Popeye 4.77: a new release, 24.05.2017

Popeye 4.77: a new release, 24.05.2017

Popeye release 4.77 announced as of 24-May-2017!

See new features and changes since PY 4.75, examples and user guides, and all downloads @ GitHub, release PY 4.77.

Or use these links for direct download PY 4.77 for Windows:
pywin64.exe | pywin32.exe | manual in English

Thanks a lot to Thomas Maeder and Popeye team!

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Juraj Lörinc
May 28, 2017 15:59

Does anyone know how is defined a new feature of Popeye – Lost Pieces?

I suppose they were added in connection with Andernach meeting just ongoing, but it is just a guess.

bernd ellinghoven
bernd ellinghoven
June 5, 2017 13:54

Definition Lost Pieces:
Nach jedem Zug werden alle Steine der gegnerischen Farbe automatisch vom Brett entfernt, sofern sie von der ziehenden Partei beobachtet sind und sie sich einer feindlichen Beobachtung nicht entziehen können.

After each move all pieces of the adverse colour are automatically removed from the board provided they are observed by the moving party and they cannot evade hostile observation.
RESULTS IN THE NEXT feenschach. best by -be-

June 6, 2017 23:54

Is “evade hostile observation” orthodox or fairy?

I mean in the position w: Pb5c5 b: Pa6a7 Qh1, white on move is playing b5-b6. Is bPa7 removed from the board or is Qb7(wPb6 removed) a valid (fairy) way to evade hostile observation?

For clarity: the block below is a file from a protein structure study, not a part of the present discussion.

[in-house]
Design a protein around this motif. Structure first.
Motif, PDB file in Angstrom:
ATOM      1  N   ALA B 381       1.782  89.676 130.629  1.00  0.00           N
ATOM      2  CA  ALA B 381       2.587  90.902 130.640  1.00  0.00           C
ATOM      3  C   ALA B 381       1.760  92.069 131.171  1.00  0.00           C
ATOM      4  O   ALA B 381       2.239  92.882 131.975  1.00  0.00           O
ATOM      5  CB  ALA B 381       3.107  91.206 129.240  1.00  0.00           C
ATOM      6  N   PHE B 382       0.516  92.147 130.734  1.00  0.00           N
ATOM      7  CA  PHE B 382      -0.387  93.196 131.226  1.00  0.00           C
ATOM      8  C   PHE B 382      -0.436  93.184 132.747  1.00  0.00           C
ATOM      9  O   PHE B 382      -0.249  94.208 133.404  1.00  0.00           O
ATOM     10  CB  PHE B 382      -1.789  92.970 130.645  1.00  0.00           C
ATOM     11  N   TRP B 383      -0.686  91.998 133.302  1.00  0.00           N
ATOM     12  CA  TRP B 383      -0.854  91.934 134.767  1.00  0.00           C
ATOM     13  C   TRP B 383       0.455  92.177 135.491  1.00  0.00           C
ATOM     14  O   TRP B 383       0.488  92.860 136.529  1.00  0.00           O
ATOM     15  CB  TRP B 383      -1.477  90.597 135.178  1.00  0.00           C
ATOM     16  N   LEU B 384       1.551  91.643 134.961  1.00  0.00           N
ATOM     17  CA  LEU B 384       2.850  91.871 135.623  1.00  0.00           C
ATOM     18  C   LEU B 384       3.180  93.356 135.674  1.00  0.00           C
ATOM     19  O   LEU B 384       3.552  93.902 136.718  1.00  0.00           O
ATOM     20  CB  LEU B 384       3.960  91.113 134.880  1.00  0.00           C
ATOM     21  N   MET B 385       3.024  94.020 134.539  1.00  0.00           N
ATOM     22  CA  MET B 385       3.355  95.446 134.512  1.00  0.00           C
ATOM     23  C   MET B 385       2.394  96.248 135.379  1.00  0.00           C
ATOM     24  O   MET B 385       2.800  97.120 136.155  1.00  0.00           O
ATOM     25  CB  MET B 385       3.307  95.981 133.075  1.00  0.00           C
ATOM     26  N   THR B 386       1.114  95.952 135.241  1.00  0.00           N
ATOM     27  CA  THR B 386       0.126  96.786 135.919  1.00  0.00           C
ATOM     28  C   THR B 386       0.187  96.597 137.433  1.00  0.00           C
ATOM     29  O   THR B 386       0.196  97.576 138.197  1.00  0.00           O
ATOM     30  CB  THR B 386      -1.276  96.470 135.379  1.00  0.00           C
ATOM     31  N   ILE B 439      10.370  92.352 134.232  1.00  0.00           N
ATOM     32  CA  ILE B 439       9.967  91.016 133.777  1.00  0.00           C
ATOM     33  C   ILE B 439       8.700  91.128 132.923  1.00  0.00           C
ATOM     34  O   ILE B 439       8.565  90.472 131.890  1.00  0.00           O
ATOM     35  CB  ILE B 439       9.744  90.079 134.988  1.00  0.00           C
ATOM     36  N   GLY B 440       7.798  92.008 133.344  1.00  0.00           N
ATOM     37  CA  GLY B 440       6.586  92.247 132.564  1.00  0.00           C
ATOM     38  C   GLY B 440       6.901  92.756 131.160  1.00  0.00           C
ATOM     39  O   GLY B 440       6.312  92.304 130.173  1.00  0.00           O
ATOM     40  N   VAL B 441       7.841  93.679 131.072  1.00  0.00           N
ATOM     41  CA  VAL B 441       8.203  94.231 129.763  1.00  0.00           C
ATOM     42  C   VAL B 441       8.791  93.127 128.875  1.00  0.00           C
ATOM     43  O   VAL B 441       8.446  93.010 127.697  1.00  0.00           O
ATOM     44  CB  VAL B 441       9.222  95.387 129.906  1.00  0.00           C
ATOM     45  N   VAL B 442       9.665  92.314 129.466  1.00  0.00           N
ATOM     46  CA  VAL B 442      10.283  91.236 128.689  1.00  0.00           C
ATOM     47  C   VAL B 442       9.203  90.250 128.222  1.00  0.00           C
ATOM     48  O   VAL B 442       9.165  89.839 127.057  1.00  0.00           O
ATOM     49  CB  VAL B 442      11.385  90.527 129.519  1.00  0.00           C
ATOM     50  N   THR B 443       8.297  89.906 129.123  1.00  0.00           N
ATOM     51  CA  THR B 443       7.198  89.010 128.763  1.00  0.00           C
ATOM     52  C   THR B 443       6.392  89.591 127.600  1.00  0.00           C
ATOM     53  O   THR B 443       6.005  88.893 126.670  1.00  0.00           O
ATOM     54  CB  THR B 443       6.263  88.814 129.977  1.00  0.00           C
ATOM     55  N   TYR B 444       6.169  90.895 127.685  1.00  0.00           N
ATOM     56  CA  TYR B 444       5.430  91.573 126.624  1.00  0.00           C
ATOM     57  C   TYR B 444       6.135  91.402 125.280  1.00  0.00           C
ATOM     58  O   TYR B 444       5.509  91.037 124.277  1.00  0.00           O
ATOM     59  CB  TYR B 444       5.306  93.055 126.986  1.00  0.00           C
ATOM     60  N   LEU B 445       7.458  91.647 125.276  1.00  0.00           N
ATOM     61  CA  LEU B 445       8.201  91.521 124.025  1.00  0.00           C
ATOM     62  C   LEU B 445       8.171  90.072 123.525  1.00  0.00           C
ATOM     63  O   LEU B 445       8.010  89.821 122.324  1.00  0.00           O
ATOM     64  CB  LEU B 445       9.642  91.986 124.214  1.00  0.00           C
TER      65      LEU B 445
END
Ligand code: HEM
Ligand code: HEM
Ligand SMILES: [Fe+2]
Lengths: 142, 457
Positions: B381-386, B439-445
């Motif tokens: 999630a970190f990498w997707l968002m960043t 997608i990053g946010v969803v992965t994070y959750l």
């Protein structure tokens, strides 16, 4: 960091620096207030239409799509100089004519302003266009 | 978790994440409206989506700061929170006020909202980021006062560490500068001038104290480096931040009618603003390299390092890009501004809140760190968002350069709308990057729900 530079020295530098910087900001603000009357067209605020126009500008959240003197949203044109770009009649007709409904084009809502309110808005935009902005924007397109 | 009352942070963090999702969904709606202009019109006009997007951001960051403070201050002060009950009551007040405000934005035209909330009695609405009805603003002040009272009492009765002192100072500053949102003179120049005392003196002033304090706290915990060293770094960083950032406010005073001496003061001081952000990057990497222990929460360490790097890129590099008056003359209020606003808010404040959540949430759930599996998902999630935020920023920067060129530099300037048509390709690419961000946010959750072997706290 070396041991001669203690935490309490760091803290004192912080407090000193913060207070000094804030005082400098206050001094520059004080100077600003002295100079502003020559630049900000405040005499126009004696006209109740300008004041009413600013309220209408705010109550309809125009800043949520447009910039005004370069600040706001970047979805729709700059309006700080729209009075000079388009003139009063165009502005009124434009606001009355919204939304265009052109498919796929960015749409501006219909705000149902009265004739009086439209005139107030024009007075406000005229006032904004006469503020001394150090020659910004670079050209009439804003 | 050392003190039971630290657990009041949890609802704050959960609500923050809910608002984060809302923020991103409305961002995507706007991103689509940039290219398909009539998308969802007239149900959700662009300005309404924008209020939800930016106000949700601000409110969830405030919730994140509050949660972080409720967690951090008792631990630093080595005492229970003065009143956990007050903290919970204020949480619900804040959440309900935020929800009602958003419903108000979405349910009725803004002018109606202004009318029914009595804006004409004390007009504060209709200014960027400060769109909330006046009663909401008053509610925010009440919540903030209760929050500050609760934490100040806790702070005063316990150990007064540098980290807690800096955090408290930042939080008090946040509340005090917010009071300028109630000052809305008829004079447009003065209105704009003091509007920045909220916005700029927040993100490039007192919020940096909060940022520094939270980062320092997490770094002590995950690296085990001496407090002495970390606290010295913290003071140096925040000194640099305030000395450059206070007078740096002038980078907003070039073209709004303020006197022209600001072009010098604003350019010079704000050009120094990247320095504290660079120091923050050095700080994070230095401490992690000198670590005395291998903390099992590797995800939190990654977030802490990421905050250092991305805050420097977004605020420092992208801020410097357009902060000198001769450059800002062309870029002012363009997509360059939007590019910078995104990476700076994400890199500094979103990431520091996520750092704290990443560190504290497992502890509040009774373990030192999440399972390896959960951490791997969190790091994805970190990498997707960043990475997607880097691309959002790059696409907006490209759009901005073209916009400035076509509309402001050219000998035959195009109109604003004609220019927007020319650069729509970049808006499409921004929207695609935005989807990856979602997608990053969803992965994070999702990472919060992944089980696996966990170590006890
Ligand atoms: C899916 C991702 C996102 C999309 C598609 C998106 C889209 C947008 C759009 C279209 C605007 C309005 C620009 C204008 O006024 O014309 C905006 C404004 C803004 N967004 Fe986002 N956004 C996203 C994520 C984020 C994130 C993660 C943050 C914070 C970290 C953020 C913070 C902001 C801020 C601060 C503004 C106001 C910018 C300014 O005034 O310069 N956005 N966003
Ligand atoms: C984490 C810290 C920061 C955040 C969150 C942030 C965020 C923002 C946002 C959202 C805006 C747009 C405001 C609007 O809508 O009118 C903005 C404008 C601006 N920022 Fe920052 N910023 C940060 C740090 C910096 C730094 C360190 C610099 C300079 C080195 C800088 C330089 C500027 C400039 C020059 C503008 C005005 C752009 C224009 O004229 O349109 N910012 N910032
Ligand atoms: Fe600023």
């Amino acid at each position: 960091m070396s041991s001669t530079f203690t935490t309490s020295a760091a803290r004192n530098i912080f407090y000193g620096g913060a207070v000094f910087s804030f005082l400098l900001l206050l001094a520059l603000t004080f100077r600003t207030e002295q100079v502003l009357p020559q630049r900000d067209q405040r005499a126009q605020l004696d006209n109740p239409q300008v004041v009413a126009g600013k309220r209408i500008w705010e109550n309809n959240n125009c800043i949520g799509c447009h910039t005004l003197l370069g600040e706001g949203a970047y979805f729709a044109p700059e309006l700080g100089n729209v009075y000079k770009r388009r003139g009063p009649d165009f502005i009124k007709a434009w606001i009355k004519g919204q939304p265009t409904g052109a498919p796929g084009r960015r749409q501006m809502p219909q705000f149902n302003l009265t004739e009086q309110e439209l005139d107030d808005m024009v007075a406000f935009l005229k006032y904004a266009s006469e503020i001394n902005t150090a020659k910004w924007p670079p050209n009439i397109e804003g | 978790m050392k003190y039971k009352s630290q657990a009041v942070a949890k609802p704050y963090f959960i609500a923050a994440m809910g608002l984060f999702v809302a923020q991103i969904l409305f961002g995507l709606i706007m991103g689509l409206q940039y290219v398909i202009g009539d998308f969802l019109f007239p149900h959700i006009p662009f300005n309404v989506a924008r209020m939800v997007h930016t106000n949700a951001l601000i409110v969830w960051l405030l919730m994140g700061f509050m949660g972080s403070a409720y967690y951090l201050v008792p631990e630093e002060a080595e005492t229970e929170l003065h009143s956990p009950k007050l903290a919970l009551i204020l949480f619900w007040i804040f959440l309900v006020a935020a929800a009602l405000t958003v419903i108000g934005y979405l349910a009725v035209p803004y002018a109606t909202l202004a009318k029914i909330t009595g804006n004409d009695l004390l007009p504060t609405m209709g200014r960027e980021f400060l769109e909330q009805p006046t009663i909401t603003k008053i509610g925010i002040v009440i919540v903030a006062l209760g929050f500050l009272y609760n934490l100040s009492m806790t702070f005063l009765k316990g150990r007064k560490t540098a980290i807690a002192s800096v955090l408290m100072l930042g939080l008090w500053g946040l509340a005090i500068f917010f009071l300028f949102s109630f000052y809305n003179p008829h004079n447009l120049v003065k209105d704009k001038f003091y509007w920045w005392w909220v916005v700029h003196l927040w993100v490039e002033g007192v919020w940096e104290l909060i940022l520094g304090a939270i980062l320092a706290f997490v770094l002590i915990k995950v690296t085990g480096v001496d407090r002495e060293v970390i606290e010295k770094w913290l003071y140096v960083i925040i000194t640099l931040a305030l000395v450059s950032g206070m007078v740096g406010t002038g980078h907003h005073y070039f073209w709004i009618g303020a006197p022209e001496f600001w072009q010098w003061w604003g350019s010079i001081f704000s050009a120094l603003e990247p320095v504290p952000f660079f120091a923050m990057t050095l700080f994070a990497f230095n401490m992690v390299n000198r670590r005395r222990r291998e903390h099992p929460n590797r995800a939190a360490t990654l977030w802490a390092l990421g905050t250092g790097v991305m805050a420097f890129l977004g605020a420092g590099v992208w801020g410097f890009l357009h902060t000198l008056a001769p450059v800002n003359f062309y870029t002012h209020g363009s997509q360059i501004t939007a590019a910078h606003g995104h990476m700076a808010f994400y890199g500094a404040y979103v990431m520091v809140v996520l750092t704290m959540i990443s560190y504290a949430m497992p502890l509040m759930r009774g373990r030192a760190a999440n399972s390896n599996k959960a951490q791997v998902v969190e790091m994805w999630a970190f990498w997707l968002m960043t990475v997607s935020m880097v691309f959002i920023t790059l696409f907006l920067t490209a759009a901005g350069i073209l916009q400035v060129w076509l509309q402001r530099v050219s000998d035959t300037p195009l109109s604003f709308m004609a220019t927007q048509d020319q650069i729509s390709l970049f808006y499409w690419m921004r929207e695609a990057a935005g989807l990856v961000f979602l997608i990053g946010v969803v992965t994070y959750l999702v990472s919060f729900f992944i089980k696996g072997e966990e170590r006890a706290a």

Geoff Foster
Geoff Foster
June 7, 2017 02:38

Popeye’s “help anymove” command is very useful for answering such questions. In this case the code is:

stipulation h~1
white pb5c5
black pa7a6 qh1
condition LostPieces
option HalfDuplex

The first two solutions given by Popeye are:

1.b5-b6[-bPa7] Qh1-a8
1.b5-b6[-bPa7] Qh1-b7[-wPb6]

So after 1.b5-b6 the bPa7 is removed immediately, before Black plays his move. The same thing occurs even if the wK is added on b2, even though 1…Qb7 pins the observing white unit.

June 7, 2017 13:40

Thanks Geoff – so “evade hostile observation” has to be taken in the orthodox way. Maybe this fact should be added in the rules, because the alternative fairy way looks a possible convention too.

Kjell Widlert
Kjell Widlert
June 7, 2017 22:50

The participants in Andernach this year found the description by Popeye maestro Thomas Maeder helpful:
After each move, you check the adversary’s pieces one by one, each time on the assumption that the piece under consideration is royal and is the only royal piece on the board. If that piece would then be mated, it is marked for deletion – and when all the adversary’s pieces have been checked in this manner, those marked for deletion are removed from the board before the other side is to move. (This implies that there are no chain reactions: if White plays Ra5 in a position with black Pb5d5 and white Pb4d4, only Pb5 is removed at this time – Pd5 may be removed next time, if the position is the same.)

The method described (which is the one Popeye actually uses) also implies that if there is a bKa5 in Geoff’s example, bPa7 would *not* be removed! It could be saved by Kxb6, because Ka5 is considered non-royal when Pa7 is checked for possible deletion.

June 8, 2017 00:37

Thanks Kjell. Another subtlety might be added: a move whose result is a removing leading to a self-check position is illegal.

stipulation ~1
white ph3 ka5
black pb5 qc5
condition LostPieces

1.Ka5-a6 !

Indeed after 1.h3-h4, bPb5 must be removed from the board, leading to an illegal position with black on move. Hence 1.h3-h4 is illegal.

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